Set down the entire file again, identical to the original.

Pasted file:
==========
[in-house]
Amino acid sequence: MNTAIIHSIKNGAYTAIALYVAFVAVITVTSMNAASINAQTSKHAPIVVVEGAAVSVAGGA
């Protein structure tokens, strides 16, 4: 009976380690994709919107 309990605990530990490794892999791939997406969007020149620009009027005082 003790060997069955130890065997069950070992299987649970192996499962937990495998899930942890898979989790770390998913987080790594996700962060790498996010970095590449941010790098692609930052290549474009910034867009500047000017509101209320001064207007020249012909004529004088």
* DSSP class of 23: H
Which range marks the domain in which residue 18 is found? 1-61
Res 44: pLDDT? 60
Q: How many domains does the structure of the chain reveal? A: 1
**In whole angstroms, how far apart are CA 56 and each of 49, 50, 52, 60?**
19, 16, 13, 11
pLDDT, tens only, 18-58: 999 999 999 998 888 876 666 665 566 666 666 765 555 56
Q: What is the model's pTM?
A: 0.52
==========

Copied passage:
[in-house]
Amino acid sequence: MNTAIIHSIKNGAYTAIALYVAFVAVITVTSMNAASINAQTSKHAPIVVVEGAAVSVAGGA
């Protein structure tokens, strides 16, 4: 009976380690994709919107 309990605990530990490794892999791939997406969007020149620009009027005082 003790060997069955130890065997069950070992299987649970192996499962937990495998899930942890898979989790770390998913987080790594996700962060790498996010970095590449941010790098692609930052290549474009910034867009500047000017509101209320001064207007020249012909004529004088």
* DSSP class of 23: H
Which range marks the domain in which residue 18 is found? 1-61
Res 44: pLDDT? 60
Q: How many domains does the structure of the chain reveal? A: 1
**In whole angstroms, how far apart are CA 56 and each of 49, 50, 52, 60?**
19, 16, 13, 11
pLDDT, tens only, 18-58: 999 999 999 998 888 876 666 665 566 666 666 765 555 56
Q: What is the model's pTM?
A: 0.52